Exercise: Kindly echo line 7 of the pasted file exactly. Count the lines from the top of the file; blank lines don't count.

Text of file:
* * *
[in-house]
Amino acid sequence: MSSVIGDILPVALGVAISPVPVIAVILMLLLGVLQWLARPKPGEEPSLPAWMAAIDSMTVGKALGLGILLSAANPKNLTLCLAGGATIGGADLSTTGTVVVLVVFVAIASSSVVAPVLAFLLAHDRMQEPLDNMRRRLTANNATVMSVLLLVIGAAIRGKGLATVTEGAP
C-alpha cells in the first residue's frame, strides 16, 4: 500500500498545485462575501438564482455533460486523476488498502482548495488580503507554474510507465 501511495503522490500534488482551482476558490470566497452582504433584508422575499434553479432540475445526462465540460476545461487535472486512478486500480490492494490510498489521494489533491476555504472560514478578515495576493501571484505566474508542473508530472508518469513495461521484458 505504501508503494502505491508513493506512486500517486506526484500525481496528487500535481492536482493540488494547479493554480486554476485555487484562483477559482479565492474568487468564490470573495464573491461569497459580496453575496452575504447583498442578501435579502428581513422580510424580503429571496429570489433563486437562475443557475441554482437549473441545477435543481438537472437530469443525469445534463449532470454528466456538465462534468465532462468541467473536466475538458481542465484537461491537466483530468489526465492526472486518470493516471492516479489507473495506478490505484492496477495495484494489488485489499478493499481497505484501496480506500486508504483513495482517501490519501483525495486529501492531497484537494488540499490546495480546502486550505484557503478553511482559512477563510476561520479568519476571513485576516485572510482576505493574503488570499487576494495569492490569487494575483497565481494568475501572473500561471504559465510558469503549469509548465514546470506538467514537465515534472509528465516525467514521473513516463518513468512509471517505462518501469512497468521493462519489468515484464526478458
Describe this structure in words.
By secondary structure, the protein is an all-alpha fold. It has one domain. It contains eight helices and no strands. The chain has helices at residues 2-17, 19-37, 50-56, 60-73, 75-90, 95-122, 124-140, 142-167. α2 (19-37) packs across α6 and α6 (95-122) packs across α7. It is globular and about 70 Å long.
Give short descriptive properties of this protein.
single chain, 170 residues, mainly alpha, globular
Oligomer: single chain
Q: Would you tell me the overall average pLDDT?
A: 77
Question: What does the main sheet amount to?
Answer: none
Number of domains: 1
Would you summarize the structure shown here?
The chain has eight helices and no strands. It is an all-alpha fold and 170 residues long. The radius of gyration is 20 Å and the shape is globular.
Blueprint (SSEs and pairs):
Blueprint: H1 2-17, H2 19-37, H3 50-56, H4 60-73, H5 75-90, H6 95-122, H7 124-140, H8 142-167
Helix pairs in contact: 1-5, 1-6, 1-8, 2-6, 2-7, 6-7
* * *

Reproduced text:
single chain, 170 residues, mainly alpha, globular